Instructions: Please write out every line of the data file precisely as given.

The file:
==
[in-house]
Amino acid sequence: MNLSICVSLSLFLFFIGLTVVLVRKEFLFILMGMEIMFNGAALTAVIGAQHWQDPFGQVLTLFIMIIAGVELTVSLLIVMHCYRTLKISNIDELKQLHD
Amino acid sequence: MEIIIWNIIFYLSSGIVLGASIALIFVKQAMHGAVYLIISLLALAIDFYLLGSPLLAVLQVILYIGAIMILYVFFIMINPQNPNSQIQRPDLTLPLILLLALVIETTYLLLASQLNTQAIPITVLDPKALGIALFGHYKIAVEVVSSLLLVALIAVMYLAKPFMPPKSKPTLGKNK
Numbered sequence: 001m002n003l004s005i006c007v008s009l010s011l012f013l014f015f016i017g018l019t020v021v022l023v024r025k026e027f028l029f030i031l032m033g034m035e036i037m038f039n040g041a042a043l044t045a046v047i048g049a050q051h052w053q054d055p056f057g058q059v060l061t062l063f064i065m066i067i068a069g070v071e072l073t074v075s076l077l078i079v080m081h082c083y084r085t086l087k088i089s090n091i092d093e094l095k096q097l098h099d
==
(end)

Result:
[in-house]
Amino acid sequence: MNLSICVSLSLFLFFIGLTVVLVRKEFLFILMGMEIMFNGAALTAVIGAQHWQDPFGQVLTLFIMIIAGVELTVSLLIVMHCYRTLKISNIDELKQLHD
Amino acid sequence: MEIIIWNIIFYLSSGIVLGASIALIFVKQAMHGAVYLIISLLALAIDFYLLGSPLLAVLQVILYIGAIMILYVFFIMINPQNPNSQIQRPDLTLPLILLLALVIETTYLLLASQLNTQAIPITVLDPKALGIALFGHYKIAVEVVSSLLLVALIAVMYLAKPFMPPKSKPTLGKNK
Numbered sequence: 001m002n003l004s005i006c007v008s009l010s011l012f013l014f015f016i017g018l019t020v021v022l023v024r025k026e027f028l029f030i031l032m033g034m035e036i037m038f039n040g041a042a043l044t045a046v047i048g049a050q051h052w053q054d055p056f057g058q059v060l061t062l063f064i065m066i067i068a069g070v071e072l073t074v075s076l077l078i079v080m081h082c083y084r085t086l087k088i089s090n091i092d093e094l095k096q097l098h099d